Can Twitter Successfully Transition Into A Live Streaming Destination?
At yesterday’s first ever Digital Content NewFronts, struggling social media platform Twitter made a bold play for relevance in the video-centric world of digital content. With much fanfare, Twitter unveiled a slew of 16 separate live streaming partnerships with premium media providers across Sports, News and Entertainment. The announcement tagline was the positioning of Twitter as the 24/7 premium live video streaming destination. CEO Jack Dorsey told the audience that Twitter’s mission was to tell its users “What’s happening “ and that the social media platform would be “ the first place where people go to find out what’s happening.“
Why Twitter Is Betting On Live Premium Video Streams
Twitter has ridden the hype rollercoaster. Originally it was perceived as a disruptive zeitgeisty destination for influencers - the world’s largest megaphone- as Dorsey once aptly described it. It was a place where people went to share breaking news and source information nuggets ahead of traditional media outlets and the mainstream consumer. And therein lay its existential challenge- Twitter was loved by insiders and impenetrable to outsiders. User growth effectively flat-lined at slightly over 300 million Monthly Active Users (in two years its MAUs have grown by 8.7%) and the most hyped social platform had to undergo the indignity of being eclipsed in daily active user rates by newcomer Snapchat. At the same time former peer Facebook leapt ahead in leaps and bounds (Facebook has grown its user base by 29.1% over the last two years) in the process of locking in the mainstream consumer into its social media ecosystem.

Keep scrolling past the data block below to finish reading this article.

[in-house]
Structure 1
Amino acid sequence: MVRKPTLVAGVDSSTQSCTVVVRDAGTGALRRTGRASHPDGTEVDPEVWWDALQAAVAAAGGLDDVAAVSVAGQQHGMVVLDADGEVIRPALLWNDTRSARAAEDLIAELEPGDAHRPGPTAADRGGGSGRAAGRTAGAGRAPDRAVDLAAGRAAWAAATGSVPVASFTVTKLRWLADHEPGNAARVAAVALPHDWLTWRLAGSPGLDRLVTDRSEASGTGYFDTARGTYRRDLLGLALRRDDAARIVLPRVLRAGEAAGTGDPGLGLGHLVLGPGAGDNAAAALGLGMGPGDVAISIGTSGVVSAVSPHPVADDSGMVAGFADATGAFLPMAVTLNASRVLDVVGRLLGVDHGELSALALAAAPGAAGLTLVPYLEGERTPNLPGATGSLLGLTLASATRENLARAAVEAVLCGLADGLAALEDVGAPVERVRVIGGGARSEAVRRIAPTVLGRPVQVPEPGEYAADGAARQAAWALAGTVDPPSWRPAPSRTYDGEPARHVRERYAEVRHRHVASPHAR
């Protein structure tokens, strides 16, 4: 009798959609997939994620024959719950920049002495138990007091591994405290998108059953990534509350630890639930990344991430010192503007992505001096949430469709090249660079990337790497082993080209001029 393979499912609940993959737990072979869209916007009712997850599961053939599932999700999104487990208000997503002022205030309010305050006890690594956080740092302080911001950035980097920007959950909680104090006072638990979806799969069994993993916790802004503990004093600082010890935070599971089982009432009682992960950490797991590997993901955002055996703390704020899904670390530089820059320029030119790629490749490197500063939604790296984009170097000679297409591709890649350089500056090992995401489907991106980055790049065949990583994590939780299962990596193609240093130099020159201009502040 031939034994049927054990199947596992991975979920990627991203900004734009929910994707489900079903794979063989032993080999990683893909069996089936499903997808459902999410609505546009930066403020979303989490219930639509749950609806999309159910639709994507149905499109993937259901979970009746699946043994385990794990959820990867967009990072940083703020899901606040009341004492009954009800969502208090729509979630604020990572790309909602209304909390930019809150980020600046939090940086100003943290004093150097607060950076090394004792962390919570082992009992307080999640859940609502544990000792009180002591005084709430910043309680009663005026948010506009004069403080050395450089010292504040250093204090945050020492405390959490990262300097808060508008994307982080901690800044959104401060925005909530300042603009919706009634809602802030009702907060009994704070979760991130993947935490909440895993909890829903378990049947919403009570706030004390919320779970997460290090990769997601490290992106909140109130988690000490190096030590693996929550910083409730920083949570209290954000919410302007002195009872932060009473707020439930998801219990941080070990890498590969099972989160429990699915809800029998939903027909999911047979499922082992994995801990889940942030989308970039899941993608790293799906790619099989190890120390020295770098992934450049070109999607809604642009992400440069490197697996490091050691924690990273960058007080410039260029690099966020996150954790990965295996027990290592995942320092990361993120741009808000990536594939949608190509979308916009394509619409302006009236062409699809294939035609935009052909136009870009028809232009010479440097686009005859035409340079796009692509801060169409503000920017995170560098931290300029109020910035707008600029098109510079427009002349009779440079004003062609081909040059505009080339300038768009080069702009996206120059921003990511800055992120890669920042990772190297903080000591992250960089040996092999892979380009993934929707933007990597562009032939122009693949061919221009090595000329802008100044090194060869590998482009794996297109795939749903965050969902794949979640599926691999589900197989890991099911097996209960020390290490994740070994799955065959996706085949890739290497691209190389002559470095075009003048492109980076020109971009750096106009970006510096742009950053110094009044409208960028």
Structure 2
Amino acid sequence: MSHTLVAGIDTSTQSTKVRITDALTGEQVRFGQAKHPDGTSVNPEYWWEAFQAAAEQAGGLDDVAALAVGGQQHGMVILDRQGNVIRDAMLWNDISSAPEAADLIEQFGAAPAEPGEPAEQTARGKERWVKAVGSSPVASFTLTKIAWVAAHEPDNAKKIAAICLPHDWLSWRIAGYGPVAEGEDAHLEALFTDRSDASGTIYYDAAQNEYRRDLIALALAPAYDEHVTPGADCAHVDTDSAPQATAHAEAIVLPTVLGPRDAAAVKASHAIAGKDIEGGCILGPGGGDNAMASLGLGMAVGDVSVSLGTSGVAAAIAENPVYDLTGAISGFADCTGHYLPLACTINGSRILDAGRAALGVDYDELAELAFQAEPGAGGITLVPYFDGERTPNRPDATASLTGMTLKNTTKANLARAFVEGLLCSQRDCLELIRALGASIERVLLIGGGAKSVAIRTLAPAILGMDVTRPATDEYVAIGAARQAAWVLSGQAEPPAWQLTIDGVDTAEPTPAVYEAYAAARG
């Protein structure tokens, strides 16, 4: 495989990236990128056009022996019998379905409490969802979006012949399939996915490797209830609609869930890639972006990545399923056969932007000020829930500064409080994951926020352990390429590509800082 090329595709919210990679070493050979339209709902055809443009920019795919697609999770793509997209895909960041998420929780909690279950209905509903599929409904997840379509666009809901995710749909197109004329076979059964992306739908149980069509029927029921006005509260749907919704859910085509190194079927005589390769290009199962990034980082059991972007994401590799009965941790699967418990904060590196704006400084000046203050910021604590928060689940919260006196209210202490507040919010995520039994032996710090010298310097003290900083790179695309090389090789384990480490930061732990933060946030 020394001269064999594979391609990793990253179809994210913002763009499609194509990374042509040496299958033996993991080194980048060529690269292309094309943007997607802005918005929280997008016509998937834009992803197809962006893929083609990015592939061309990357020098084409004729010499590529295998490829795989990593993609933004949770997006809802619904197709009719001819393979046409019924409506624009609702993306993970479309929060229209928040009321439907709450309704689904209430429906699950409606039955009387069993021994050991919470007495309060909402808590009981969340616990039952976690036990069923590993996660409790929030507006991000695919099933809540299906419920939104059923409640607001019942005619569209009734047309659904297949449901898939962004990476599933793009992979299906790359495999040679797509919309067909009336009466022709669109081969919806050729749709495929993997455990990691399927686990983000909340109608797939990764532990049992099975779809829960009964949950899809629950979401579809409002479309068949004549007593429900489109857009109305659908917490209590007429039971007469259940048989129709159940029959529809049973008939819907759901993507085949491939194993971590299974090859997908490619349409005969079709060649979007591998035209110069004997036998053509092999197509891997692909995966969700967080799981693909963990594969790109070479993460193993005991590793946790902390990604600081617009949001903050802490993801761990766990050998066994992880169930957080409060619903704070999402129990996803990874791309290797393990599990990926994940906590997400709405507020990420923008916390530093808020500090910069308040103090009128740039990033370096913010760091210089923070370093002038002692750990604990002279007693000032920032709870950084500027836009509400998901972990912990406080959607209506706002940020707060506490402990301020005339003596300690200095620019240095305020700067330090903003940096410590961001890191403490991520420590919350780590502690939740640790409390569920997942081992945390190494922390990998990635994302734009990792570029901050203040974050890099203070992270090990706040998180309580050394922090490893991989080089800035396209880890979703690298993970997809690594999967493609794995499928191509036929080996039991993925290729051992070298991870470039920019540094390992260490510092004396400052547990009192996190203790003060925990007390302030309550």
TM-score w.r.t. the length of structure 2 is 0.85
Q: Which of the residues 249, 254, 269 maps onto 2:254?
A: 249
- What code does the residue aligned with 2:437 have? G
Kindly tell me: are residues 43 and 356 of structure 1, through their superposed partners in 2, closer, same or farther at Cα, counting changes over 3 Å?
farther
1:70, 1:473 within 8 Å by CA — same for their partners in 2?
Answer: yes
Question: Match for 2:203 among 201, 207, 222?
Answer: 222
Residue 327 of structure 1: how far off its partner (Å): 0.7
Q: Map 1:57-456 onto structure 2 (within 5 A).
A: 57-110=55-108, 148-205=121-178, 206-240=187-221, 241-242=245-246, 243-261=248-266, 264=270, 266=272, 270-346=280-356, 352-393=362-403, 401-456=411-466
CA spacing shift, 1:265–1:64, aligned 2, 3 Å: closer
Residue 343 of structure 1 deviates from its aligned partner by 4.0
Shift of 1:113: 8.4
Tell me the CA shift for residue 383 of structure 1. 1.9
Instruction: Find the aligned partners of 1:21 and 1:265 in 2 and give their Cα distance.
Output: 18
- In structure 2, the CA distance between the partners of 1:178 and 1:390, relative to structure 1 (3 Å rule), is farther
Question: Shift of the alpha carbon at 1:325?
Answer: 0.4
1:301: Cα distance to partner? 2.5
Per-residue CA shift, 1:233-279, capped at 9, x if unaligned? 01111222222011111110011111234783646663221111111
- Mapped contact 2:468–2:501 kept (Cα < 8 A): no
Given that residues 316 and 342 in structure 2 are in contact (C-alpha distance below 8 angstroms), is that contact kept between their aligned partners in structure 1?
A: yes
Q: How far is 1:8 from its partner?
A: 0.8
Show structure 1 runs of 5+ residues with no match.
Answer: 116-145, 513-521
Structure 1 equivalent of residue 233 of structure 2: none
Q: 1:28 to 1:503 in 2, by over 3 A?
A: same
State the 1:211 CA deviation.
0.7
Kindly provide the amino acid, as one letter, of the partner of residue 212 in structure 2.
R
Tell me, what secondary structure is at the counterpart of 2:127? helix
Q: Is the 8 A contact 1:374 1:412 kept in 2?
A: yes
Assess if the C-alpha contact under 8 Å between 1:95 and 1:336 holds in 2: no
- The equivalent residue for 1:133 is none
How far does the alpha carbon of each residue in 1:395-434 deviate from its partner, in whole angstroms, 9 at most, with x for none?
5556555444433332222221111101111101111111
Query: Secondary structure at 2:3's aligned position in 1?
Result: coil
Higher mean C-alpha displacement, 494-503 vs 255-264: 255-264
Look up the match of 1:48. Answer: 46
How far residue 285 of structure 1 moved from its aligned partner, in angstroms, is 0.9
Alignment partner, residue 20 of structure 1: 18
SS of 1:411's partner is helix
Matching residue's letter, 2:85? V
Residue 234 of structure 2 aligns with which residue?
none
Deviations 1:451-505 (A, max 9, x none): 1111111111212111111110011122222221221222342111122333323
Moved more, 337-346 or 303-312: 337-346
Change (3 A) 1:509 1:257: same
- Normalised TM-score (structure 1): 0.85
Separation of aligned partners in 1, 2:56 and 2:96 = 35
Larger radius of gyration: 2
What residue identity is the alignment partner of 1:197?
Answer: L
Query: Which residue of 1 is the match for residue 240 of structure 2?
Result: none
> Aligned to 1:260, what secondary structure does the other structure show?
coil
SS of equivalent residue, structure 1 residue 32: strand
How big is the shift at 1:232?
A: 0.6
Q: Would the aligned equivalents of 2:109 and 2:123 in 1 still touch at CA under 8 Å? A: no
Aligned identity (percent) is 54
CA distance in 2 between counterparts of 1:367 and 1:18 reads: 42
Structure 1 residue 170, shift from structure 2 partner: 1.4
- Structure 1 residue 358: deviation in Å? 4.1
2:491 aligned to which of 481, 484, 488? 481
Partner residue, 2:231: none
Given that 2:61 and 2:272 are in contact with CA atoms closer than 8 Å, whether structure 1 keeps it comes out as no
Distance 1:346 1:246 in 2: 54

Despite having the same outside impenetrability issues as Snapchat, Twitter is actually the best positioned social media platform for broadcasting live video for media partners. A tweet is effectively a text-based broadcast and Twitter’s settings allow users to view content including video without the need to log in. So culturally and functionality-wise, Twitter is already set up as a broadcast platform and the ability to integrate text commentary around the video feed is a social feature which competitors have failed to successfully integrate.
Will It Work?
Twitter currently has 200 live streaming partnerships. However, its failure to retain the Thursday night NFL digital streaming rights from last season, where Twitter was only able to gain 266,000 viewers per game (compared to CBS and NBC which showed the same games and averaged 15.8 million views per game) demonstrates the lack of progress so far in successfully developing those partnerships. In its official announcement, Twitter states that it has an audience of 45 million unique video viewers of whom 55% of logged in viewers are under the age of 25. Clearly only 0.6% of these viewers are mainstream US sports fans who are prepared to view premium content through the platform. This compares to 4.9% of the US population who watched the same NFL content on linear TV. Additionally, Twitter is falling into the media/tech obsession of focusing on youth audiences. As edgy and dynamic young audiences might be, big spending consumers they are not. Mainstream advertisers look to place brands in front of mainstream audiences with average disposable incomes. By Twitter’s own admission, it is currently providing neither. Hence the NFL selling this season's Thursday night streaming rights for 5x the 2016 price to Amazon’s Prime Instant Video service.
With Twitter’s losses increasingly nearly threefold between Q1 2015 and Q1 2017 from $162,442 million to $456,873 million, Twitter’s shareholders better hope that this time Twitter knows what it is doing to appeal to larger and more valuable audiences.